New launch date announced for world's first 3D-printed rocket from Florida

Maybe the third time will be the charm!

After two scrubbed attempts, Relativity Space will try again to launch the world's first 3D-printed rocket from Florida's Space Coast. 

The new launch date is scheduled for March 22. The 3-hour launch window opens at 10 p.m. and goes until 1 a.m at Cape Canaveral's Space Force Station.

"Nighttime skies mean very cool methane rocket engine plumes," Relativity Space wrote on Twitter. 

The one-of-a-kind rocket – known as Good Luck, Have Fun Terran 1 – was supposed to launch on Saturday, March 11, but was met with wind condition issues, among others resulting in several pushbacks. 

The 3-hour launch window opened at 1 p.m. and was initially slated to take off at 1:45 p.m., but due to wind and other circumstances, the launch was pushed back to 4 p.m. where it was ultimately scrubbed. 

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The first launch attempt was on Wednesday, March 15, but during the countdown, officials reported problems with oxygen temperatures in the rocket’s second stage.

"Delays are always expected, and we got to remember safety is paramount," Dr. Ken Kremer told FOX 35. "This must succeed. It is much better to keep the rocket on the ground than to launch it and have it blow up or go off course."

Credit: Relativity Space

The launch is the first orbital attempt for Terran 1. It’s a big deal in the aerospace world because it is taking a simplified and reusable approach to rocket launches.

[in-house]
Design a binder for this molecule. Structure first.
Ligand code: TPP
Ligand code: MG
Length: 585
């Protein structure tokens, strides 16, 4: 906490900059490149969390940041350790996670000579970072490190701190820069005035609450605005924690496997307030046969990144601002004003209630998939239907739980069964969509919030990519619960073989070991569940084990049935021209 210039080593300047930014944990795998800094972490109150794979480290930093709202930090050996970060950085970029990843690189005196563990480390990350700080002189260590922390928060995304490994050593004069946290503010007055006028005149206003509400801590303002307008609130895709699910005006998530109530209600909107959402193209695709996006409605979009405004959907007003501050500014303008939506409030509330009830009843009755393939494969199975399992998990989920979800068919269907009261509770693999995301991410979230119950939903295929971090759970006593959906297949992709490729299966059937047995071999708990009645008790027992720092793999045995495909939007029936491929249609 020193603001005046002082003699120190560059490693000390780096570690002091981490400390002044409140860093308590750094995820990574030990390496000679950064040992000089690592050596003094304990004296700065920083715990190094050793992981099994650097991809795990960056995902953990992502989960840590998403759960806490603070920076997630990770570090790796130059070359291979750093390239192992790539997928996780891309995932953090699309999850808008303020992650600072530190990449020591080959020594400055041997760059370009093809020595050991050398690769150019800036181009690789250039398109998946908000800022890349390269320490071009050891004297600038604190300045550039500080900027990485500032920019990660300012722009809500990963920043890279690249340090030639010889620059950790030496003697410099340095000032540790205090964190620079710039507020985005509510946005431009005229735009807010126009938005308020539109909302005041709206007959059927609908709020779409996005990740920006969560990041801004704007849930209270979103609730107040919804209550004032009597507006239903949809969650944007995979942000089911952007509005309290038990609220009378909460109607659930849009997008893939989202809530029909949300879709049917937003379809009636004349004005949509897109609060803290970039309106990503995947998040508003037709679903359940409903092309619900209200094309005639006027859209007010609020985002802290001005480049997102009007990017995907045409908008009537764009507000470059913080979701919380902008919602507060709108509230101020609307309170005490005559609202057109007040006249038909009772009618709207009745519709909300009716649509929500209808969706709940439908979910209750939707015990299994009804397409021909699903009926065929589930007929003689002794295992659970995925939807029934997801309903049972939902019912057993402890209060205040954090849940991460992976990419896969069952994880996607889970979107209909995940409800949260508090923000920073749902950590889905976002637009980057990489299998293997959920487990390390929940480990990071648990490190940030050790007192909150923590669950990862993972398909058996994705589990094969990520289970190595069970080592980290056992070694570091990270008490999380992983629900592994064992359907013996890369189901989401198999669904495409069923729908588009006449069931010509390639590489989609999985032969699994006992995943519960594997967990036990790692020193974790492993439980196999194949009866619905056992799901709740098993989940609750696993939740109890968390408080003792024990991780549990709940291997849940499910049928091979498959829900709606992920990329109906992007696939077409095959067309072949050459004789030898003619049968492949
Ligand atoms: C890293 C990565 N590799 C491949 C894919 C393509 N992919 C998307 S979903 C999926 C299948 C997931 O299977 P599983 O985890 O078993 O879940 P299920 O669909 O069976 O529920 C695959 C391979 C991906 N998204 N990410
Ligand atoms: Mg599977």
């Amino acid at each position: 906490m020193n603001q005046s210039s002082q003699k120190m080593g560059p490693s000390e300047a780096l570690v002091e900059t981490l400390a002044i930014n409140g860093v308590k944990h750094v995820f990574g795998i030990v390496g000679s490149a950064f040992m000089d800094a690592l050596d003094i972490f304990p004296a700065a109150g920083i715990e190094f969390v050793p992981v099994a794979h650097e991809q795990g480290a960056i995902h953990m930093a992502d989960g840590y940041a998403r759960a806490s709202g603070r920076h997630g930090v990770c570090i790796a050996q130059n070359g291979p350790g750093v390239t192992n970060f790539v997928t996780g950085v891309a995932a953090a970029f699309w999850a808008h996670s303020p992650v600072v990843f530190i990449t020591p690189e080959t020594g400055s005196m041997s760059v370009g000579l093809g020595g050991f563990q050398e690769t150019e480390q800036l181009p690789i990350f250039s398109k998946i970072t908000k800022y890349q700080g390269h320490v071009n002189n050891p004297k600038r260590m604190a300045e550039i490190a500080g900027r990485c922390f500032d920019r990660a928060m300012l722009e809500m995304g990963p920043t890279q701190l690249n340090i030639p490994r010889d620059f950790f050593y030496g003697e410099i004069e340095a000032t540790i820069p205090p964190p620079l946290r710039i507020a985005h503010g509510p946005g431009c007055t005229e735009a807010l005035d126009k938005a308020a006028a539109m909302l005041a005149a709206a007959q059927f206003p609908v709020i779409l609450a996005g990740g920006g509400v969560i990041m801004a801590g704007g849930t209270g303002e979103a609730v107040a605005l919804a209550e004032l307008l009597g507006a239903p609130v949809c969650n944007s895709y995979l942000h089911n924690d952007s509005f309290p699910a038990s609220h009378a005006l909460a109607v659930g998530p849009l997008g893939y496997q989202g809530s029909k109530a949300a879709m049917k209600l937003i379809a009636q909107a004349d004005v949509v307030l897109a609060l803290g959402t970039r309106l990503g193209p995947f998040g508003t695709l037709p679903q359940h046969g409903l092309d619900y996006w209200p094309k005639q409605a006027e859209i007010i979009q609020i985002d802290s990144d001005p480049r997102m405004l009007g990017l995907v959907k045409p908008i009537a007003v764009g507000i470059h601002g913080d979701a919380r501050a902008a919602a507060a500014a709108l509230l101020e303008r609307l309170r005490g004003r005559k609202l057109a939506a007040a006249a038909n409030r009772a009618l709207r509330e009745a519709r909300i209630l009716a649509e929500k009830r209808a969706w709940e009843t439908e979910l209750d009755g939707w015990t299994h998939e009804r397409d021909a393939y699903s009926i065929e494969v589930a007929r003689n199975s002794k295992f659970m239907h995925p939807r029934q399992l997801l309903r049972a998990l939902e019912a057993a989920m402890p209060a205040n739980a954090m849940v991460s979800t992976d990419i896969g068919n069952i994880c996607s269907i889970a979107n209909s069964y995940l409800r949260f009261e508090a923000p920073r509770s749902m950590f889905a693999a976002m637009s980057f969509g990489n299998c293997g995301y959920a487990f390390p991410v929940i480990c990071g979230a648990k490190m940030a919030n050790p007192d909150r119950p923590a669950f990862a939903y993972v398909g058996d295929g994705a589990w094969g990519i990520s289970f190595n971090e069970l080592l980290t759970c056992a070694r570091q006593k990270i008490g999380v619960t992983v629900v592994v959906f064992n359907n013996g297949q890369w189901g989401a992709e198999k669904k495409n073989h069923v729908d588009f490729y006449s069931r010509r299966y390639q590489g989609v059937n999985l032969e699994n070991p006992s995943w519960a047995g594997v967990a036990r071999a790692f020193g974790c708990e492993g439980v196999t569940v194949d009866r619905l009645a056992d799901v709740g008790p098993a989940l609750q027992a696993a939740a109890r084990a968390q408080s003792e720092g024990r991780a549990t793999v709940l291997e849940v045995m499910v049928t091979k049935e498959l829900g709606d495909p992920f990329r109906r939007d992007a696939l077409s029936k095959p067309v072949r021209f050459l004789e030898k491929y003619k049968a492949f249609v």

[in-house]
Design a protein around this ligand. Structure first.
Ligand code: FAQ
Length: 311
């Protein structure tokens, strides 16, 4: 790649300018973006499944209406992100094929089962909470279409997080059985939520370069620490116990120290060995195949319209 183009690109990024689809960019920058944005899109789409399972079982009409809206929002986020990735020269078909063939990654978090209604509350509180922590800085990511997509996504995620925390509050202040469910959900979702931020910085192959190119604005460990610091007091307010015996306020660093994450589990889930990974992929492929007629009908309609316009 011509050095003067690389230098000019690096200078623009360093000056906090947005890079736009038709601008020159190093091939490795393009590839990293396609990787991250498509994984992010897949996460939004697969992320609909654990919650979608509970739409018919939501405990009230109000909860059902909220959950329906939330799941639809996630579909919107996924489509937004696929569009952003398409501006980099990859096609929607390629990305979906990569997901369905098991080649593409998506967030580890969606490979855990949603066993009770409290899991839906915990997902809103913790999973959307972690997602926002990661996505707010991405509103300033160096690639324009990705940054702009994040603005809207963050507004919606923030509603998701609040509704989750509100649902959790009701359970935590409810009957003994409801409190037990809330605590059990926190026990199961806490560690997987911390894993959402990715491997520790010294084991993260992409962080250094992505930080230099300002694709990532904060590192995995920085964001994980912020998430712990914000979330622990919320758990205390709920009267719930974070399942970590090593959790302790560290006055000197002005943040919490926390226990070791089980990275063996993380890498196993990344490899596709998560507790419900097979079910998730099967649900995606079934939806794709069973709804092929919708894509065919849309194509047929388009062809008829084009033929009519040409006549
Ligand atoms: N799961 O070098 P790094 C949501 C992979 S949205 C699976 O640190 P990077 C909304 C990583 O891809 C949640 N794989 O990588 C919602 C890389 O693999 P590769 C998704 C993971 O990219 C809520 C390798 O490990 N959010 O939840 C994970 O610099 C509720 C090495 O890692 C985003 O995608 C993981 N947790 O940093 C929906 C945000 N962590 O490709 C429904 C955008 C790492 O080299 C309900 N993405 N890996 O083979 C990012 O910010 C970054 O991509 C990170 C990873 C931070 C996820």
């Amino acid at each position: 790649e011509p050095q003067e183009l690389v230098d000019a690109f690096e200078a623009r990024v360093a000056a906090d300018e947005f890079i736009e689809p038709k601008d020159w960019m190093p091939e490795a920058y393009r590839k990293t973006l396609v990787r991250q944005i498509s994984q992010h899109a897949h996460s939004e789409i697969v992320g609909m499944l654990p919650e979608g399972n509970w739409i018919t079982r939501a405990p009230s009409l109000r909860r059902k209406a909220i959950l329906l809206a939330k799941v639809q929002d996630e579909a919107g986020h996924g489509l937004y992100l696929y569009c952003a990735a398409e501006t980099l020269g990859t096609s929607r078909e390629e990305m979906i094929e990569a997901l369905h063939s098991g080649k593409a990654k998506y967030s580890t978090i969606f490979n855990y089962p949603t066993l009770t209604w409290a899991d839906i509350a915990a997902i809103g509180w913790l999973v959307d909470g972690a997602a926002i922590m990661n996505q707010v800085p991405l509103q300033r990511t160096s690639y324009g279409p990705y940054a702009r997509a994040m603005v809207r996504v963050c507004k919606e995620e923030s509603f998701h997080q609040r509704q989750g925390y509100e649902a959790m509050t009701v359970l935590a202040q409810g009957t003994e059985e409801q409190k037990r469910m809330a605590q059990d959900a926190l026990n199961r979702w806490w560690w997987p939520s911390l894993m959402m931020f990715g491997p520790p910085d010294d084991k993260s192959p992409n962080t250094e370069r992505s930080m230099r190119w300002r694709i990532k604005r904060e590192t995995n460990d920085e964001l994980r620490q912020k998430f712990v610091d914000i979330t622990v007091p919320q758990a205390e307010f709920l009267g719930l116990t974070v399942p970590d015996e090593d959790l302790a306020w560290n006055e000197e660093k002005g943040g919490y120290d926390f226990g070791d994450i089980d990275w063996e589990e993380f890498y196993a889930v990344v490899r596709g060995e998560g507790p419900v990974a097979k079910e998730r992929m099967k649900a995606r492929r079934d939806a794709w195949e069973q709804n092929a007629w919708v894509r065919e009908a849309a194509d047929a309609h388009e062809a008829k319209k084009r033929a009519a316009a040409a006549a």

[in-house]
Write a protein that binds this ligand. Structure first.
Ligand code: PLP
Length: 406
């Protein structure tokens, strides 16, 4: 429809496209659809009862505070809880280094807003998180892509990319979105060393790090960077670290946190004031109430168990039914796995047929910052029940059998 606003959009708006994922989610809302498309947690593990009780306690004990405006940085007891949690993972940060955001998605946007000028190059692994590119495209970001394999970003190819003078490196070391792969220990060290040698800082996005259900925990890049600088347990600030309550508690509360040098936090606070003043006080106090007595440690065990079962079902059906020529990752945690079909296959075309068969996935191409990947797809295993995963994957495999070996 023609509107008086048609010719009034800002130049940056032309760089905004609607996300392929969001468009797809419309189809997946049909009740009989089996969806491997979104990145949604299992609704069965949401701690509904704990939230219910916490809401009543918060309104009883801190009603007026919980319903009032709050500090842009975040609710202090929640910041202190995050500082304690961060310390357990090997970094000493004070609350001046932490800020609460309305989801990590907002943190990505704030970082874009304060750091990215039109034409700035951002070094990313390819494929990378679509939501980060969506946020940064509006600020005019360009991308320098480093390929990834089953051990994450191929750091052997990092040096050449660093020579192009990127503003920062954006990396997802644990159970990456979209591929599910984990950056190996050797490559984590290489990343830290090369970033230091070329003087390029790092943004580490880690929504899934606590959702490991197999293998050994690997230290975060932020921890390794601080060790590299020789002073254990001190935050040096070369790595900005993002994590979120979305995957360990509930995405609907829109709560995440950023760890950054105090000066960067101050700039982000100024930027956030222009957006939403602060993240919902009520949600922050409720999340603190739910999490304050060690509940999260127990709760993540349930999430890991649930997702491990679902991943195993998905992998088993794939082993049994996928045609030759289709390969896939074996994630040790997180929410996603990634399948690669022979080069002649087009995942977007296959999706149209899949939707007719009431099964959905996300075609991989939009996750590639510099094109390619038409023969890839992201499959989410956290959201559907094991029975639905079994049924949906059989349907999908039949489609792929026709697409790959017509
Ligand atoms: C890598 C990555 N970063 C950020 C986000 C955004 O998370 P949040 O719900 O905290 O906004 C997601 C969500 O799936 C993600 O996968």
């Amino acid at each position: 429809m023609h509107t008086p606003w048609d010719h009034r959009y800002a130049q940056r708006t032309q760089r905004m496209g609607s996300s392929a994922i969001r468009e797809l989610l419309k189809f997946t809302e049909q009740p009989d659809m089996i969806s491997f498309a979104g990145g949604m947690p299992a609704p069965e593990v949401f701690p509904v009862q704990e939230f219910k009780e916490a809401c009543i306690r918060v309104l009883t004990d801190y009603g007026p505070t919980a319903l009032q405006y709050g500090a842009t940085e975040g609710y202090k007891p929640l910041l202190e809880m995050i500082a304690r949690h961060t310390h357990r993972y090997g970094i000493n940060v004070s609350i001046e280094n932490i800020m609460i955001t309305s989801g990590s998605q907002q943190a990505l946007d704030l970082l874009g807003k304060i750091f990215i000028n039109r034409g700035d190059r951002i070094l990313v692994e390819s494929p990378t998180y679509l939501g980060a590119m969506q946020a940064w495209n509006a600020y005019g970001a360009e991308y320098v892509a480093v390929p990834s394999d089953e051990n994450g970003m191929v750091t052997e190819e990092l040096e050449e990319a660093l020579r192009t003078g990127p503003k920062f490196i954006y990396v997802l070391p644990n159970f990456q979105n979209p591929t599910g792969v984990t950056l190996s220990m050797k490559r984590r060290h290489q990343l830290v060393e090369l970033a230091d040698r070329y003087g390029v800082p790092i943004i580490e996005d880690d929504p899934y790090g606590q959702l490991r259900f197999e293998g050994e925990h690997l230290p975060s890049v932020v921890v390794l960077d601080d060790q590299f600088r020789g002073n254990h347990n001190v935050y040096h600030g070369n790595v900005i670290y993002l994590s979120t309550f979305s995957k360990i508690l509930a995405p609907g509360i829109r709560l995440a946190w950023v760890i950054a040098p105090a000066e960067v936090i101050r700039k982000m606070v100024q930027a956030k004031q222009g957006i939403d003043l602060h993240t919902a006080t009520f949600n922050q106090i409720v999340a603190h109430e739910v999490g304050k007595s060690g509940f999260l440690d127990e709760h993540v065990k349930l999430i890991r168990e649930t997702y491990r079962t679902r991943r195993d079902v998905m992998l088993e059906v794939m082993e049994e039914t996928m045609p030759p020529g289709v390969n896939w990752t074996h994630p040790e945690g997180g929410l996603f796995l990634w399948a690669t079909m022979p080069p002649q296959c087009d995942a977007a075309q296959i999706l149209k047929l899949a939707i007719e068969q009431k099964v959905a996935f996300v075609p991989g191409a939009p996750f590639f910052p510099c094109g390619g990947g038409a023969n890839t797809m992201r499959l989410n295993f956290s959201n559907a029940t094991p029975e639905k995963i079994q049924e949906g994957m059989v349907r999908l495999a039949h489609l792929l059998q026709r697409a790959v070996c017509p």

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A rocket normally takes two years or more to build, but this can be done in two months. 

Standing at 110 feet tall and 7.5 feet wide, the Terran 1 is the largest 3D-printed object to exist and attempt orbital flight, officials have said.

About 85-percent of it is 3D-printed and uses liquid oxygen and liquid natural gas, which scientists say is not only best for rocket propulsion, but also for reusability. Looking ahead, it would be the easiest to eventually transition to methane found on Mars.

Compared to a traditional rocket that has more than 100,000 parts, this 3D-printed rocket has less than 1,000 parts. There is no payload on board this rocket right now.

The rocket's launch will be a learning experience and may require some tweaking down the road, but is set to make history as it attempts its first orbital flight.